5. Quality assurance
Quality assurance is crucial to:
  • Maintain an enterprise’s reputation
  • Enhance customer experience
  • Ensure customer loyalty
  • Avoid hefty fines because of regulatory compliance violations
IoT devices can automate quality checks by constantly monitoring the production floor and sending real-time logs to QC (quality control) managers. According to McKinsey, advanced image recognition or AI-based visual inspection can improve fault detection rates by up to 90% compared to human review.
6. Health, safety, and environment
Industrial environments can cause dangerous scenarios or accidents that lead to serious workplace injuries. IoT sensors can continuously monitor aspects such as equipment performance, energy use, environment temperature, and the presence of toxic gases or radiation. IoT platforms in industries can also facilitate automated disaster response systems. Such technologies help guarantee employee health and safety.
7. Reconfiguration and rescheduling for operation performance optimization
AI-based real-time optimization models can improve performance through smarter processes and better operation of heavy machinery. With machine learning models in a closed loop that adjust machinery as per changes in the environment, manufacturers have saved energy and increased operational capacity.
8. Dynamic work instructions and AR for operation execution and process enforcement
Using location-based tracking, shop floor automation platforms powered by IoT can provide dynamic work instructions automatically. It streamlines workflows and enables automatic rescheduling of jobs as per changes in the workflow.
AR-enabled platforms take efficiency a step further by allowing operators to integrate digital mock-ups with actual production environments, making operation execution and inspection quick and seamless.
9. Material flow, internal and external logistics, and process tracking for material pull
IoT devices can help with inventory management by tracking material flow with RFID tags and saving inventory costs with just-in-time logistics. According to McKinsey, IIoT can reduce inventory levels by up to 36% percent.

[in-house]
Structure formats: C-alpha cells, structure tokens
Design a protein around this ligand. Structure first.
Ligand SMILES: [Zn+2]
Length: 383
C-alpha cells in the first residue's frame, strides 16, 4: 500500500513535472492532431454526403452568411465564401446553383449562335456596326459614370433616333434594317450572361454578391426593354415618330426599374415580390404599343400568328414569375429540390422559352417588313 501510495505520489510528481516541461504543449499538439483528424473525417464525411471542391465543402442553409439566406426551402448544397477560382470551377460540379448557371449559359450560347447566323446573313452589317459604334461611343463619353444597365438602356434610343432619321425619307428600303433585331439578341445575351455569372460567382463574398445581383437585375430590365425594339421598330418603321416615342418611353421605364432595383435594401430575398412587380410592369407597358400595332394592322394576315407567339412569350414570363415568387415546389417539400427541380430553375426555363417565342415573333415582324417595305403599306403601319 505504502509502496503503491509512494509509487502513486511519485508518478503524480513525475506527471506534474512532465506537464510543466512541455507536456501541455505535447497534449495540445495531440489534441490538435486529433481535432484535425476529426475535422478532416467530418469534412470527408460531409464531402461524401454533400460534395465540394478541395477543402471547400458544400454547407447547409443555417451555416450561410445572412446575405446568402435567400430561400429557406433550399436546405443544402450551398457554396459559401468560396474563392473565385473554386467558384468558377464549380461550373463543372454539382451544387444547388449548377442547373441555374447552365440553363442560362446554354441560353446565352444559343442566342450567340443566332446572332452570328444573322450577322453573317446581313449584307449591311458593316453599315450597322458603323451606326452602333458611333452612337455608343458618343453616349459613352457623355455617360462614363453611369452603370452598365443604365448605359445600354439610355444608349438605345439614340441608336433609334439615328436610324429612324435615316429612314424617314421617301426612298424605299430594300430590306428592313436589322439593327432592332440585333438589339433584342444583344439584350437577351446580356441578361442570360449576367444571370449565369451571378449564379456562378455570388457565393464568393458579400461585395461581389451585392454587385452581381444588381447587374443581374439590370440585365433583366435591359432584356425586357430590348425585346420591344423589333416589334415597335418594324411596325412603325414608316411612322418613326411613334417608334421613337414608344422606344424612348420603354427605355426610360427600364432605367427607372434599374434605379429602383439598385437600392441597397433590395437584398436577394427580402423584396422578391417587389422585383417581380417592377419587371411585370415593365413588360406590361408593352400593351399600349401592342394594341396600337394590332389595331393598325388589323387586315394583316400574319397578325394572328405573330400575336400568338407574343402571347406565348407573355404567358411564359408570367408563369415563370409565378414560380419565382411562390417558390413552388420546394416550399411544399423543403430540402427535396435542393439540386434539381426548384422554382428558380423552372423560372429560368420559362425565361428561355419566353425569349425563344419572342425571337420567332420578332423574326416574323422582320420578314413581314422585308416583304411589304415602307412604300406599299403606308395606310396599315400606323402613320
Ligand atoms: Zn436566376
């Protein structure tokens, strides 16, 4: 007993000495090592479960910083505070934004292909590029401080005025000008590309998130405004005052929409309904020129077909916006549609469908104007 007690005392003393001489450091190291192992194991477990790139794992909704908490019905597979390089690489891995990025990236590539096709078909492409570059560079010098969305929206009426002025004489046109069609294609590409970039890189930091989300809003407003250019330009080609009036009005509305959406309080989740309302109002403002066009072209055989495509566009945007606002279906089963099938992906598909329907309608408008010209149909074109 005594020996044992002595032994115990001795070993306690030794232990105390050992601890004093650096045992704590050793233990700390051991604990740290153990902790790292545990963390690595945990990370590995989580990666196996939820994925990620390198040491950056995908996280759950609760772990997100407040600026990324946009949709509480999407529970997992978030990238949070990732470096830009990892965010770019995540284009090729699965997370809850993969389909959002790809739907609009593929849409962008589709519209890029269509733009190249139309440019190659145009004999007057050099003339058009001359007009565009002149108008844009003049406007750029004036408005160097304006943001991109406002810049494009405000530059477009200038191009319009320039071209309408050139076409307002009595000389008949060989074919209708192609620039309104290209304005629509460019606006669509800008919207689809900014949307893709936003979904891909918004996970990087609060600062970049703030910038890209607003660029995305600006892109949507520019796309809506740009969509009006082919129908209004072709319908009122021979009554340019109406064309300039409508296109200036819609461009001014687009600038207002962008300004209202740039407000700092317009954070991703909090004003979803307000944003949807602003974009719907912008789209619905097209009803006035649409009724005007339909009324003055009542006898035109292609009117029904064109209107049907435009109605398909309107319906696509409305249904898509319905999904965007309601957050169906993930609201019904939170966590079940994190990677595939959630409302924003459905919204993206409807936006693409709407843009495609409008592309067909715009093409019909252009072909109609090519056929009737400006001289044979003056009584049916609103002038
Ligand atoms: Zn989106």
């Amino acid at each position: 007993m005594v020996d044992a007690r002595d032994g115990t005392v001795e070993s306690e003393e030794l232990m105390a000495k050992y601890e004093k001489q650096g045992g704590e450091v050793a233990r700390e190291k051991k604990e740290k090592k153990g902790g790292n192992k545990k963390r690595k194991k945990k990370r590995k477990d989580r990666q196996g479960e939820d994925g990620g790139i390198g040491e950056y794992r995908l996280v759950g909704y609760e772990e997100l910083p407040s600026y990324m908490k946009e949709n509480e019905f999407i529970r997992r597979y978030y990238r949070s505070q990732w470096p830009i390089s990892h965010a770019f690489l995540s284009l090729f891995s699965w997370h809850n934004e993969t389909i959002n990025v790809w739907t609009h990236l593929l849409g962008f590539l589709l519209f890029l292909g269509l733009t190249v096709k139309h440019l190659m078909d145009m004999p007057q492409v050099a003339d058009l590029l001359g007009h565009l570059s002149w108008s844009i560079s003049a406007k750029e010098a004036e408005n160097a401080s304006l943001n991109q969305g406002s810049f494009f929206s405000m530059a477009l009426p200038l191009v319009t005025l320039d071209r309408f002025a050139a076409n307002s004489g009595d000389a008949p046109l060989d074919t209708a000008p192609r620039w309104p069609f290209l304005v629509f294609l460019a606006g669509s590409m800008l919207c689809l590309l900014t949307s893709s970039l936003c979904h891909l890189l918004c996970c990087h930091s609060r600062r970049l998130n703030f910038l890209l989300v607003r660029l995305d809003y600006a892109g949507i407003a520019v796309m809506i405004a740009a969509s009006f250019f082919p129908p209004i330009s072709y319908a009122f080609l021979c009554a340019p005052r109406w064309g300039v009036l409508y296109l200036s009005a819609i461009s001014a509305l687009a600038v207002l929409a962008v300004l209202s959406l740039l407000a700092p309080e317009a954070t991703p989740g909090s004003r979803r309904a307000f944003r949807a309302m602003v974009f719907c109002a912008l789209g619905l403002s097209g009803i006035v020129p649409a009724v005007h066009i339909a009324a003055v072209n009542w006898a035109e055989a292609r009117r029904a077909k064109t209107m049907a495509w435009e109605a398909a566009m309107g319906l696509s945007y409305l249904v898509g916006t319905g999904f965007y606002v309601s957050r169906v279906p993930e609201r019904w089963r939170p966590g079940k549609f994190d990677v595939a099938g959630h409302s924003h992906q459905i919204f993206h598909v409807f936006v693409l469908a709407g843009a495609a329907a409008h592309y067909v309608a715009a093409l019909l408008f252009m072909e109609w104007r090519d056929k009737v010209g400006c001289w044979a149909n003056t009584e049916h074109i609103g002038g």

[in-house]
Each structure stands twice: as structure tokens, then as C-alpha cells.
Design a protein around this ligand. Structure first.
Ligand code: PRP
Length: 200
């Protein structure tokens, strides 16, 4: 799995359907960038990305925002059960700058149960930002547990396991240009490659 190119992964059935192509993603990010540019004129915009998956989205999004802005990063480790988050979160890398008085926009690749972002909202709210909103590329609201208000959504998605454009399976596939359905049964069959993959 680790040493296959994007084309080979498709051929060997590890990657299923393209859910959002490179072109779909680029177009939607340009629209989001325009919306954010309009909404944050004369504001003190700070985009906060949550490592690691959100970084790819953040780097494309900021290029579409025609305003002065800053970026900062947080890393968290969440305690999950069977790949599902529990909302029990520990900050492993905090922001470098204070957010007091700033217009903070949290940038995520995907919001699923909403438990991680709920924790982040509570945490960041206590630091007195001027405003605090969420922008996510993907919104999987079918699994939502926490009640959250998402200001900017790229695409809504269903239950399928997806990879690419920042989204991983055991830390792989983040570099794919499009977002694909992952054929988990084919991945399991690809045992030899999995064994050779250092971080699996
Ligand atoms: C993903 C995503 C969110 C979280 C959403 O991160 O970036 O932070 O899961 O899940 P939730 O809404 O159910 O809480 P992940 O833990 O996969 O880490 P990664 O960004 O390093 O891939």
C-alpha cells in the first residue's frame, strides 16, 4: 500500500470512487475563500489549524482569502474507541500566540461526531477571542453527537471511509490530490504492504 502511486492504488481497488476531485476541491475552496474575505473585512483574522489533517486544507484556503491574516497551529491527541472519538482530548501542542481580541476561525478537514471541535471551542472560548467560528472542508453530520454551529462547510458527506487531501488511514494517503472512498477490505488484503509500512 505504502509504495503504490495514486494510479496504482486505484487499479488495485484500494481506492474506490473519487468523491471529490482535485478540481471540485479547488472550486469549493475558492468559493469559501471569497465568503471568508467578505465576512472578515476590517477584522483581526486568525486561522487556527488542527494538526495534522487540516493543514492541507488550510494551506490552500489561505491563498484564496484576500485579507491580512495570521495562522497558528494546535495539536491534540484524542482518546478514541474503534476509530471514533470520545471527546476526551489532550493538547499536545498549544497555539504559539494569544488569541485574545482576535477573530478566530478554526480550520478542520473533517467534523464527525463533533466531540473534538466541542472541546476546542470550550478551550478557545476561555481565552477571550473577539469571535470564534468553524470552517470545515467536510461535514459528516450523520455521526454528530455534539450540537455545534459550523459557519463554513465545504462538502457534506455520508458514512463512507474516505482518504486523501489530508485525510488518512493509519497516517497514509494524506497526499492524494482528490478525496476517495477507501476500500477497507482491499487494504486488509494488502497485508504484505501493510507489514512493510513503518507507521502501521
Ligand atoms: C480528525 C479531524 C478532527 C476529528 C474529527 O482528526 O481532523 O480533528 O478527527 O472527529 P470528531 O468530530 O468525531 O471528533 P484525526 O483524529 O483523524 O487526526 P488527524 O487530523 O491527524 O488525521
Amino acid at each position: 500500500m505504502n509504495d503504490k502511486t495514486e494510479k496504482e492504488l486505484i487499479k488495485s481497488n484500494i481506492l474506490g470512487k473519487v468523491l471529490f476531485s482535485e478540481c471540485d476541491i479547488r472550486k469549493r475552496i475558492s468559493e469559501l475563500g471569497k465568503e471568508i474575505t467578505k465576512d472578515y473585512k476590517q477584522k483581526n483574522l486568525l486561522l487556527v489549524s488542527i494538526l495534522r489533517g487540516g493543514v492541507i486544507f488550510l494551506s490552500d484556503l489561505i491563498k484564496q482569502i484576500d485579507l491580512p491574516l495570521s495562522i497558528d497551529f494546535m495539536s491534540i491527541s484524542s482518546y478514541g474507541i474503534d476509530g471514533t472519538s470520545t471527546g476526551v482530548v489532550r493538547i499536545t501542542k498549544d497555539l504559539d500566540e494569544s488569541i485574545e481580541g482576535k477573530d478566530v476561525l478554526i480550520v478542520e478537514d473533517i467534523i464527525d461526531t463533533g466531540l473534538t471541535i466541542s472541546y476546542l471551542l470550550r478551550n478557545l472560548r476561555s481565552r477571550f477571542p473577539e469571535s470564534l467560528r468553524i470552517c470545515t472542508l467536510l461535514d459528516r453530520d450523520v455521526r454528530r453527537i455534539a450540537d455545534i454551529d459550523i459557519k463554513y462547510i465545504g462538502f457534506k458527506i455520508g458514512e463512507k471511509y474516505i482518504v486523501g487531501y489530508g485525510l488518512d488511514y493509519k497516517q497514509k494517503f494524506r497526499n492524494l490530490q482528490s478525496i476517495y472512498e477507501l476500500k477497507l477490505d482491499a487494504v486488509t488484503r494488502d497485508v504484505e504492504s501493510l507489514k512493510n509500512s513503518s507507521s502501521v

For instance, IoT sensors can spot container-fill levels with ultrasound. So, the logistics team can track raw material consumption more accurately and coordinate supply and production to reduce the overstocking of inventories and reduce waste.
10. OEE and energy consumption monitoring
IoT sensors can track equipment availability, performance, product quality, and other factors to determine production floor OEE.
The sensors can also track energy and raw material consumption and send alerts whenever there’s wastage. These technologies also help plant managers figure out ways to improve OEE continuously by monitoring processes and workflows and spotting opportunities.
11. Smart Lighting and HVAC control
Intelligent lighting can sense environmental changes and adjust the intensity for visual comfort and energy efficiency.
Similarly, smart thermostats can adjust HVAC (heating, ventilation, and air conditioning) systems for comfort and optimal energy consumption by adapting to environmental changes.
12. Remote and condition monitoring, component-level anomaly detection
Improving condition monitoring can reduce maintenance costs by 10 to 15 percent, according to McKinsey. IoT technologies can monitor machine parts and detect anomalies at a component level, making it easier and cheaper to perform repairs. Fixing components is more affordable and can increase the lifetime of equipment by several years. IoT also makes it possible for technicians to monitor equipment across several plants remotely.
22 Disruptive Ways IoT Is Driving The Smart Factory Automation Revolution
13. Optimal workload planning for improved sustainability and reduce repair cost
IIoT platforms are equipped with digital dashboards that track shop floor KPIs in real-time. It allows plant managers to evaluate machine data and gauge factors that lead to optimal productivity levels without warranting extensive repairs.
Tracking efficiency benchmarks also facilitates proactive inspections whenever there are minor issues/bottlenecks. So, you can fix these issues before they escalate into something serious and require expensive repairs.
14. Integration with EAM, ERP, SCADA/Historian for asset life cycle performance management
Smart asset performance management platforms integrate with EAM, ERP, SCADA, and other manufacturing management systems. They collect data from all these systems to unify all information (with context) and maintain a single source of truth. You can access this data anytime, anywhere on smart, user-friendly digital dashboards updated in real-time.